P-32 at a deer kill in February. National Park Service.
P-32, the only male cougar known to have dispersed from the Santa Monica Mountains by crossing the U.S. 101 freeway, was struck by a car and killed while trying to cross I-5 way up by Castaic. The National Park Service said he was apparently hit around dawn on Monday. P-32 is the 12th mountain lion killed on a freeway or road since the park service study of Santa Monica Mountains pumas began.
You know his photos if you have been following the Los Angeles area study of mountain lions. In 2013, we and everybody else ran a photo of P-32 as a kitten being tagged by park service scientist Seth Riley. Now Riley has to conduct a necropsy to learn what he can about P-32's travels. (See photos down below on this page.)
Just in April, P-32 was half of what seemed like a remarkable emerging story from the NPS study of the Santa Monica Mountains pumas. P-32 had followed his sister out of the Santa Monicas and across the 101 freeway into the Simi Hills. Earlier, the pair had been photographed at a deer kill with their mother, P-19. View on Facebook.
From today's NPS release:
Prior to being struck on Interstate 5, he had managed to cross the 101 Freeway, State Route 23, Highway 118 and Highway 126 (see map). What had been a textbook case of successful dispersal all the way from the Santa Monica Mountains into Los Padres National Forest took an unfortunate turn when he headed east and attempted to cross one additional freeway.
“This case illustrates the challenges that mountain lions in this region face, particularly males,” said Dr. Seth Riley, a wildlife ecologist with Santa Monica Mountains National Recreation Area. “P-32 conquered all kinds of freeways and highways to reach the Los Padres, but it was probably another dominant male that made him leave the area and attempt one last crossing, which obviously was not successful.”
Still considered a juvenile, P-32 was approximately 21 months old and had first been ear-tagged by the National Park Service at four weeks of age. Based on GPS data from the animal’s collar, he was likely hit by a vehicle between 4:00 and 6:00 a.m. Monday morning.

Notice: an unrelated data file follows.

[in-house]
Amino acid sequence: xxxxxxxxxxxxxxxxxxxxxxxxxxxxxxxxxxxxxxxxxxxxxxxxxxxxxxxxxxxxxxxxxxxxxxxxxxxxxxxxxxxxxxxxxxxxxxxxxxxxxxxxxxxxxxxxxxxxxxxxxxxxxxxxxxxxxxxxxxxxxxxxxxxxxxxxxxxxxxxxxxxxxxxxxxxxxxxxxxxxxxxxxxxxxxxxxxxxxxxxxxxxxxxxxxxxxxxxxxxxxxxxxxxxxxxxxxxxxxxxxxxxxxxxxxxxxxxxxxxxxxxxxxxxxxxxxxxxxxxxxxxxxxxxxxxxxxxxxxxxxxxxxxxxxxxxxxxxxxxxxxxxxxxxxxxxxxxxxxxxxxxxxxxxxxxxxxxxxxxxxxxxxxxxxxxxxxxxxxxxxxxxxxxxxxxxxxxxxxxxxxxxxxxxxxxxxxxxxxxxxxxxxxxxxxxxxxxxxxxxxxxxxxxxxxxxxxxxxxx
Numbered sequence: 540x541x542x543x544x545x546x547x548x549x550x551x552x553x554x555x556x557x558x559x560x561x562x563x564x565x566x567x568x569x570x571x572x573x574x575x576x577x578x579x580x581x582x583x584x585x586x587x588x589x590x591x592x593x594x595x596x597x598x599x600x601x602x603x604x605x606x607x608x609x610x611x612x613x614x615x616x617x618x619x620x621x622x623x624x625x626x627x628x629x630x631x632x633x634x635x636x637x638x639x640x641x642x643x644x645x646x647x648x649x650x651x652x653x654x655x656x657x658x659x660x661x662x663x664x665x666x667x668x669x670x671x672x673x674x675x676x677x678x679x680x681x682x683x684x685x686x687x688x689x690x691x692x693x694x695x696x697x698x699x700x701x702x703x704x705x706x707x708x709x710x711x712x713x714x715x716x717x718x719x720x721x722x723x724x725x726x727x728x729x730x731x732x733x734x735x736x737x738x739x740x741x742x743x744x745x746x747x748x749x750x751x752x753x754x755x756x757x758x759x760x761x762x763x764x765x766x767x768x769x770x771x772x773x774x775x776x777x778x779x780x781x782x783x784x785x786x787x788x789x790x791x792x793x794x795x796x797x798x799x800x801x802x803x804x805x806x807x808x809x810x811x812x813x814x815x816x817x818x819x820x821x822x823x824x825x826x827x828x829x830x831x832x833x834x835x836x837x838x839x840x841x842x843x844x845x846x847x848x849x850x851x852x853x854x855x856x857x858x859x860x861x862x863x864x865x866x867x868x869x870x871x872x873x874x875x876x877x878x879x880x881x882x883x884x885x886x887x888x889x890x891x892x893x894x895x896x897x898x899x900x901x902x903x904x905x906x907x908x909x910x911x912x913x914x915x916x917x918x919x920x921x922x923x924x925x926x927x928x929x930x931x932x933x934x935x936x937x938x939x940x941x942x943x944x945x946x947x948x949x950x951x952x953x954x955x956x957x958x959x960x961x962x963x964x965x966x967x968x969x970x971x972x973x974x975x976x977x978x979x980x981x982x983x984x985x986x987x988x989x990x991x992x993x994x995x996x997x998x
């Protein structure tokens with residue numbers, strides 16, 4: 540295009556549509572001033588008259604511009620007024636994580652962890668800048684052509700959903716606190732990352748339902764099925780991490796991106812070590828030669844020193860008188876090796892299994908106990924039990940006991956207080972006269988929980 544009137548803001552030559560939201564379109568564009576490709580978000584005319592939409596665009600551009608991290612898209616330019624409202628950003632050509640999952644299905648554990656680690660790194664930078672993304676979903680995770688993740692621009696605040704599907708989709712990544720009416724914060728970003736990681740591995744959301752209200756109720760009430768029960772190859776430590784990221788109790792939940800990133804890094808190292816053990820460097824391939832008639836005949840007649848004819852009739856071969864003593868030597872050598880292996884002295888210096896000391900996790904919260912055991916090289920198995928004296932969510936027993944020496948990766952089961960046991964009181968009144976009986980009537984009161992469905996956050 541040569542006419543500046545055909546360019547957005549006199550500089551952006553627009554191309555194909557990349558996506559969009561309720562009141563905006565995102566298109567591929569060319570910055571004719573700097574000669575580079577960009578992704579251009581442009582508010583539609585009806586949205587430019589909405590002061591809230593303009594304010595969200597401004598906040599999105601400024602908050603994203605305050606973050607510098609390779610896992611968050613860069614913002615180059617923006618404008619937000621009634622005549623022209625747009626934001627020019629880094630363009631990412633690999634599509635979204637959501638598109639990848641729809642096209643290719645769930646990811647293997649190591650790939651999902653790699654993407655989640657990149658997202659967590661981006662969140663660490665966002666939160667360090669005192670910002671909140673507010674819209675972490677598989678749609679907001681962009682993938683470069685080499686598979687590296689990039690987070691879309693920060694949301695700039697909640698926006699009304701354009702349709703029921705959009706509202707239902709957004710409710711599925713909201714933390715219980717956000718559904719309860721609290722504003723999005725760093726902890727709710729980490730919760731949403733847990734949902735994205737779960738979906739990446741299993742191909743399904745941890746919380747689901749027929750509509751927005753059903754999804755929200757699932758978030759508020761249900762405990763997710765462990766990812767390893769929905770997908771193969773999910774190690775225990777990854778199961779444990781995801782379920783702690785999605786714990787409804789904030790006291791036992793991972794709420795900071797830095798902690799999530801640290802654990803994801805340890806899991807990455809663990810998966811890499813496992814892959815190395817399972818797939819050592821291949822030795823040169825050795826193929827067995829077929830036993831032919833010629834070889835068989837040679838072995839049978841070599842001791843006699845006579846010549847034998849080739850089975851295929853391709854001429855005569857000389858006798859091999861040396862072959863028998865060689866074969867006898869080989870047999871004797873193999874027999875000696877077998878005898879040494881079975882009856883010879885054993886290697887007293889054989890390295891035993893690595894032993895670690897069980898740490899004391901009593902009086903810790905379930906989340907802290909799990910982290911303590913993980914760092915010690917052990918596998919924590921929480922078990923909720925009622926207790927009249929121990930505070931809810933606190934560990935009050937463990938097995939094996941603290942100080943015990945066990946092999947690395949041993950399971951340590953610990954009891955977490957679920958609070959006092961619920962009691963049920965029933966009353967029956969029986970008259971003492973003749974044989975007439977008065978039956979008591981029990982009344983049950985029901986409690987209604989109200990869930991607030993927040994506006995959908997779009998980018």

Since the study began in 2002, researchers are aware of only one male mountain lion born in the Santa Monica Mountains that has survived into adulthood, the famous Griffith Park mountain lion known as P-22. DNA evidence indicates he was born in the Santa Monica Mountains and thus had to cross both the 405 and 101 Freeways to make it to Griffith Park. Though he was able to flee the territory of more dominant adult males, his dispersal is not considered successful because he is now isolated in a small patch of habitat with no reproduction opportunities.
P-32 managed to travel a long way from home before being struck. The NPS blog has some more discussion and a map of P-32's travels, plus the fact that he was in competition with another cougar in his travels.
But why he may have crossed leads us to the other challenge: intra-specific conflict. Mountain lions need ranges of 75 to 200 square miles, with the males taking areas on the higher end. Males try to overlap with as many females as possible and don't tolerate competition from other males. (And in what appears to be an unusual case, P-1 did not share well, even with females. He killed two of his offspring and the mother of those kittens, among other mountain lions.)
So it makes sense that P-32, still a juvenile at about 21 months old, was likely trying to avoid other males and eventually establish his own range. Getting across the 101 was the first challenge in that effort. It was not, however, the last.
Once past Highway 118 and the rolling Simi Hills, our GPS tracking shows another male mountain lion, P-38, was hot on P-32's tracks. Though it's impossible to determine intent based solely on GPS data, P-38 appeared to be closely following the younger animal through the Santa Susana Mountains until P-32 crossed Highway 126 in the Santa Clara River Valley.
Free at last? Not so fast for P-32. We believe another mountain lion may have pushed him out (It was possibly the very large P-16, who also dispersed north of the 126 into Los Padres National Forest before researchers ultimately removed his GPS collar). And it was in that, possibly still searching for a home range, that he met his fate attempting to cross another busy freeway.
Seth Riley and another Park Service staffer prepare P-32 for necropsy.
Riley with P-32 as a kitten in 2013, in the Santa Monica Mountains above Malibu.
Edited and updated after posting